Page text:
2. Key Science Program (KSP): multi-year observing program with a telescope time of 400 hours per year, for up to three years

TRAO supports multi-beam spectroscopy observations (4 x 4 array: SEQUOIA-TRAO) at a frequency range of 85 – 115.6 GHz. The TRAO system supports single-sideband observations for position-switched or OTF observations. The backend has two spectral windows controlled independently, each window with 4096 channels in a 62.5 MHz bandwidth. In addition, a single-pixel wide-band (2 GHz) spectrometer is available. Proposal candidates should consult the TRAO Status Report for additional technical specifications:

TRAO has a shared-risk remote observing mode available. However, inexperienced users are advised to do the observations on the site. Outside (non-KASI) PIs who intend to use the remote observing mode should specify local collaborators in the proposal. The local collaborators are responsible for handling on-site tasks during the remote observations, such as resetting the system in case of system failure, which happens occasionally.

Minho Choi

Report from the LCRIC

By Chris Wilson (LCRIC chair)
(Cassiopeia – Summer 2021)

The CASCA Board has created a new committee, the LRP Community Recommendations Implementation Committee (LCRIC for short) to oversee and co-ordinate the societal-level recommendations of LRP2020. The initial members of the committee are Etienne Artigau (CASCA Board rep), Shantanu Basu, Brenda Matthews (LRP2020 rep), Sharon Morsink, Mike Reid, and Chris Wilson (chair).

The LCRIC’s mandate and full terms of reference are available in the Committees area of the CASCA website. In brief, the LCRIC will (1) identify those recommendations for which LCRIC will be responsible for implementing; (2) develop a coherent and achievable plan to implement the community recommendations in LRP2020, including goal timelines, need for additional resources etc.; and (3) work closely with the CASCA Board to help implement and monitor the plan. This work will be done in collaboration with other CASCA committees and may involve the use of subcommittees and/or working groups. The LCRIC will also seek external advice to provide additional expertise.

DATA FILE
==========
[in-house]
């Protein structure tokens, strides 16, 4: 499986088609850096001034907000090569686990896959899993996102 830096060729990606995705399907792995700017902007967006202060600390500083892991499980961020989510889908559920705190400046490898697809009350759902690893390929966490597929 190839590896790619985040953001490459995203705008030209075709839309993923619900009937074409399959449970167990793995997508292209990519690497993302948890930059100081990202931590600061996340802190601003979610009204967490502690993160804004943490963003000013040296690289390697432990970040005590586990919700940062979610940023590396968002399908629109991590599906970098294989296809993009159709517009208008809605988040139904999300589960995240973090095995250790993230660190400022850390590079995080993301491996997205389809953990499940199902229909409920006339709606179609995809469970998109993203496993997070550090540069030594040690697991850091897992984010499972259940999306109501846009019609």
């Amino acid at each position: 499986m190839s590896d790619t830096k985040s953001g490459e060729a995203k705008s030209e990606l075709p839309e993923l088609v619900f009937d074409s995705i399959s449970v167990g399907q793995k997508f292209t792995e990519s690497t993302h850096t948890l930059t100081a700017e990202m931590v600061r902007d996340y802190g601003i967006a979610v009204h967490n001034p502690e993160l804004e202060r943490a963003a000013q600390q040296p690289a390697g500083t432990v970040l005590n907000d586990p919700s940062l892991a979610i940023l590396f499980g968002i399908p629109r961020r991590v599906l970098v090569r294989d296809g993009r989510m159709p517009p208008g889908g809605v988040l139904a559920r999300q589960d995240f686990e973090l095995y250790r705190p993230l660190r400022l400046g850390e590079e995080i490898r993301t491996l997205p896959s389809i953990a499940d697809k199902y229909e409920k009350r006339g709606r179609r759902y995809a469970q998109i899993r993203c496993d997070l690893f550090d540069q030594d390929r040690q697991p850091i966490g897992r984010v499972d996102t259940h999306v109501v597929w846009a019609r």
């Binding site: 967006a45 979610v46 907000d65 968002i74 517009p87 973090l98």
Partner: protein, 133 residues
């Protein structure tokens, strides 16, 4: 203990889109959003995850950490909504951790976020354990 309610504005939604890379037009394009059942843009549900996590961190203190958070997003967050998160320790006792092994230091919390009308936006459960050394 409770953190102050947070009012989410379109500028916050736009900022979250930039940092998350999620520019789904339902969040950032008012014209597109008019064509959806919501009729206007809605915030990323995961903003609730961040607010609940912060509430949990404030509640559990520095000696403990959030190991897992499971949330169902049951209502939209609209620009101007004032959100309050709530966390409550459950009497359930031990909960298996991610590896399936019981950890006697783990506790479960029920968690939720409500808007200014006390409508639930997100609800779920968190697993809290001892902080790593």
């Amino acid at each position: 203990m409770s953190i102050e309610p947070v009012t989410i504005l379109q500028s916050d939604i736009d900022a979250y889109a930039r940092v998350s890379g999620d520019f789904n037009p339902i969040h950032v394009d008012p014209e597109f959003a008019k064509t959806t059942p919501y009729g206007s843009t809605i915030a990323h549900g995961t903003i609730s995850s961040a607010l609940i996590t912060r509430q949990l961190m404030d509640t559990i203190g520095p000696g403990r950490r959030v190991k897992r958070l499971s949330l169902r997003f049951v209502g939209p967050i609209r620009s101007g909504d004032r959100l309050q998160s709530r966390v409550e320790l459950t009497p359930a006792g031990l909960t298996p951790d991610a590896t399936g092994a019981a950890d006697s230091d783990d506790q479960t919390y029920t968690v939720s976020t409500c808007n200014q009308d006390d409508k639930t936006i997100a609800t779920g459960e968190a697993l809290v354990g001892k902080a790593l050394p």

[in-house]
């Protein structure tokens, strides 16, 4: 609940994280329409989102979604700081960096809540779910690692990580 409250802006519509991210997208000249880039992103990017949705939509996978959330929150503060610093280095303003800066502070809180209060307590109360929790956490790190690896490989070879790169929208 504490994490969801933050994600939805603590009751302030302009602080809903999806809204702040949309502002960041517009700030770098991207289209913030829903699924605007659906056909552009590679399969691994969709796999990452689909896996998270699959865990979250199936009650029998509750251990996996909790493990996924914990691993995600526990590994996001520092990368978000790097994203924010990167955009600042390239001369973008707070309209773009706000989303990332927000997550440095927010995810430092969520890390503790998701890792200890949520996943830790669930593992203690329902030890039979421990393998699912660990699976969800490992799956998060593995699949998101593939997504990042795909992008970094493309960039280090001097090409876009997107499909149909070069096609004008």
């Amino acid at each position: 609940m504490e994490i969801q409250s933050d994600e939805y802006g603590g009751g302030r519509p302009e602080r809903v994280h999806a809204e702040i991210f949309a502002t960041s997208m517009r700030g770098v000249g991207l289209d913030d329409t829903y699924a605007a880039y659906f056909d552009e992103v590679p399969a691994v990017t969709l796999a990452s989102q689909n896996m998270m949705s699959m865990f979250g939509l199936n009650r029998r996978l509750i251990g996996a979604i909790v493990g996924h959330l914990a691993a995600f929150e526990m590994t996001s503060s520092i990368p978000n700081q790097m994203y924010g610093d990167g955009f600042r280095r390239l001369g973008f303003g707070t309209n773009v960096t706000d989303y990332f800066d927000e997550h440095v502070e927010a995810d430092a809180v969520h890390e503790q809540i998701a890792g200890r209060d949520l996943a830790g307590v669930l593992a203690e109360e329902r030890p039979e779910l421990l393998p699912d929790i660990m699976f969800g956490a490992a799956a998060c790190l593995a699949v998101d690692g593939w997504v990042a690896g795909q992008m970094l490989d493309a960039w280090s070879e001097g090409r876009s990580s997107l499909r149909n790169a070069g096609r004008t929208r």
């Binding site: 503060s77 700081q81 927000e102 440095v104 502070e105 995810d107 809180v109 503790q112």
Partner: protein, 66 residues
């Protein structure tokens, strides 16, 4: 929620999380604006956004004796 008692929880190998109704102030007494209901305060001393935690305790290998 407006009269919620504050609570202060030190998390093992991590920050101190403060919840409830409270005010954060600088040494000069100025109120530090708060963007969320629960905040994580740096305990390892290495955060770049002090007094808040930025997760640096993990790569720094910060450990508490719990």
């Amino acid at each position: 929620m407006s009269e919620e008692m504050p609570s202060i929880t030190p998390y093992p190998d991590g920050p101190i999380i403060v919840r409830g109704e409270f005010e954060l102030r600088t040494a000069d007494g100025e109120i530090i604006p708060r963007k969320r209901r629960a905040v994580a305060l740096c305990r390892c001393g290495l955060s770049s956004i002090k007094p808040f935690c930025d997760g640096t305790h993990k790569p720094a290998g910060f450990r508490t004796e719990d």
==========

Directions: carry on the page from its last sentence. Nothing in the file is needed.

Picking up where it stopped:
The CASCA Board has asked that the LCRIC include Recommendation #1 (Develop guiding principles for telescope sites) and #46 (Create Indigenous engagement committee) among our top priorities for the coming year. The LCRIC has been meeting weekly since the CASCA AGM in May 2021 to discuss some of the issues and steps involved around these recommendations. We have also held a joint meeting with the CASCA Board and CASCA’s Equity & Inclusivity Committee (EIC) to begin discussion of some of the LRP2020 recommendations where the EIC committee will play an important role. We plan to meet with other CASCA committees over the next 3 months.

The LCRIC will invite community participation in the process of consultation and implementation of LRP2020’s recommendations. We are planning to hold a series of town halls with the CASCA community to discuss specific topics in more depth. The first of these town halls will focus on the theme of inclusion of astronomers from underrepresented groups. The second town hall will focus on the theme of training and outreach, with a particular focus on Indigenous members and communities (e.g. Recommendation #46). The third town hall will focus on the theme of land and consent, which is one of the key aspects of Recommendation #1. We will be engaging with key stakeholders in the coming weeks.